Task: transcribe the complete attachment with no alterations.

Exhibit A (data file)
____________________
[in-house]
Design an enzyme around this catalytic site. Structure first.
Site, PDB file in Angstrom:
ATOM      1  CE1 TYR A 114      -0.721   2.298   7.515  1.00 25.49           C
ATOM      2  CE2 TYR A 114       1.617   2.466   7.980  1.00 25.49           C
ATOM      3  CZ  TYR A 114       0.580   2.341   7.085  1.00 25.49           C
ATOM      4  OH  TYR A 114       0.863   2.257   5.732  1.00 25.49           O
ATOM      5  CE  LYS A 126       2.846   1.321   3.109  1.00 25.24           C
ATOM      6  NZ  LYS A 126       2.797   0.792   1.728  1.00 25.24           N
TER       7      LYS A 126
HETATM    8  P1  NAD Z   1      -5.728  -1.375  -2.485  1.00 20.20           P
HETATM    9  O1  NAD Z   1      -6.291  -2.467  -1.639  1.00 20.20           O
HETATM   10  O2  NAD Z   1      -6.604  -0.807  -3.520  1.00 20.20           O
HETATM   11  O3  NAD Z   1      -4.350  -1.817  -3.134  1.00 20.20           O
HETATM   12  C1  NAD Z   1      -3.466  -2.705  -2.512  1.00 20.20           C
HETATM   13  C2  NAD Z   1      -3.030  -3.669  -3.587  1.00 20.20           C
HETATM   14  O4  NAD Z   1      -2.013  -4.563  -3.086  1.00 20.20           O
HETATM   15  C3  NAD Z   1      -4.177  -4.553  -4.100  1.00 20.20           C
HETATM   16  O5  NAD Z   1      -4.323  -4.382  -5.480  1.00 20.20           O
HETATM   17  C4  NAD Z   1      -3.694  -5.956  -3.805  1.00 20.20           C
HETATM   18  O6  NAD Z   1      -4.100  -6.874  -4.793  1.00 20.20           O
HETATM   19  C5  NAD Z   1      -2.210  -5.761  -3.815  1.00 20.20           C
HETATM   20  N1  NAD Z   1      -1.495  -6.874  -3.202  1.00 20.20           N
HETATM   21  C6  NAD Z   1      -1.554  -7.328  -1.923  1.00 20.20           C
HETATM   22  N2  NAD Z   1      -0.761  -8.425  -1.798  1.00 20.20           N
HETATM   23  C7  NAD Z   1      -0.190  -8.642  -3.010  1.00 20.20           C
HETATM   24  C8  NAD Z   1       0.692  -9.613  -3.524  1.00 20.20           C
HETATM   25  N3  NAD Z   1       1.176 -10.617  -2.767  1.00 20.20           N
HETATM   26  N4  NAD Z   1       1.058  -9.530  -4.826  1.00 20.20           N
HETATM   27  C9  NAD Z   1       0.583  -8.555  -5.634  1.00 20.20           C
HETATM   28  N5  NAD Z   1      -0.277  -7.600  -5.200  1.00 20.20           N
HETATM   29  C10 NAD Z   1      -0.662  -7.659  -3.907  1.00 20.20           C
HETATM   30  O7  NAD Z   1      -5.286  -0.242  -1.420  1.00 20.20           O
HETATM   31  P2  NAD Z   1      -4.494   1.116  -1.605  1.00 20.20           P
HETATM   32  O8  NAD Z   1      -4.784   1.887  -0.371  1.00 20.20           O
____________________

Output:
[in-house]
Design an enzyme around this catalytic site. Structure first.
Site, PDB file in Angstrom:
ATOM      1  CE1 TYR A 114      -0.721   2.298   7.515  1.00 25.49           C
ATOM      2  CE2 TYR A 114       1.617   2.466   7.980  1.00 25.49           C
ATOM      3  CZ  TYR A 114       0.580   2.341   7.085  1.00 25.49           C
ATOM      4  OH  TYR A 114       0.863   2.257   5.732  1.00 25.49           O
ATOM      5  CE  LYS A 126       2.846   1.321   3.109  1.00 25.24           C
ATOM      6  NZ  LYS A 126       2.797   0.792   1.728  1.00 25.24           N
TER       7      LYS A 126
HETATM    8  P1  NAD Z   1      -5.728  -1.375  -2.485  1.00 20.20           P
HETATM    9  O1  NAD Z   1      -6.291  -2.467  -1.639  1.00 20.20           O
HETATM   10  O2  NAD Z   1      -6.604  -0.807  -3.520  1.00 20.20           O
HETATM   11  O3  NAD Z   1      -4.350  -1.817  -3.134  1.00 20.20           O
HETATM   12  C1  NAD Z   1      -3.466  -2.705  -2.512  1.00 20.20           C
HETATM   13  C2  NAD Z   1      -3.030  -3.669  -3.587  1.00 20.20           C
HETATM   14  O4  NAD Z   1      -2.013  -4.563  -3.086  1.00 20.20           O
HETATM   15  C3  NAD Z   1      -4.177  -4.553  -4.100  1.00 20.20           C
HETATM   16  O5  NAD Z   1      -4.323  -4.382  -5.480  1.00 20.20           O
HETATM   17  C4  NAD Z   1      -3.694  -5.956  -3.805  1.00 20.20           C
HETATM   18  O6  NAD Z   1      -4.100  -6.874  -4.793  1.00 20.20           O
HETATM   19  C5  NAD Z   1      -2.210  -5.761  -3.815  1.00 20.20           C
HETATM   20  N1  NAD Z   1      -1.495  -6.874  -3.202  1.00 20.20           N
HETATM   21  C6  NAD Z   1      -1.554  -7.328  -1.923  1.00 20.20           C
HETATM   22  N2  NAD Z   1      -0.761  -8.425  -1.798  1.00 20.20           N
HETATM   23  C7  NAD Z   1      -0.190  -8.642  -3.010  1.00 20.20           C
HETATM   24  C8  NAD Z   1       0.692  -9.613  -3.524  1.00 20.20           C
HETATM   25  N3  NAD Z   1       1.176 -10.617  -2.767  1.00 20.20           N
HETATM   26  N4  NAD Z   1       1.058  -9.530  -4.826  1.00 20.20           N
HETATM   27  C9  NAD Z   1       0.583  -8.555  -5.634  1.00 20.20           C
HETATM   28  N5  NAD Z   1      -0.277  -7.600  -5.200  1.00 20.20           N
HETATM   29  C10 NAD Z   1      -0.662  -7.659  -3.907  1.00 20.20           C
HETATM   30  O7  NAD Z   1      -5.286  -0.242  -1.420  1.00 20.20           O
HETATM   31  P2  NAD Z   1      -4.494   1.116  -1.605  1.00 20.20           P
HETATM   32  O8  NAD Z   1      -4.784   1.887  -0.371  1.00 20.20           O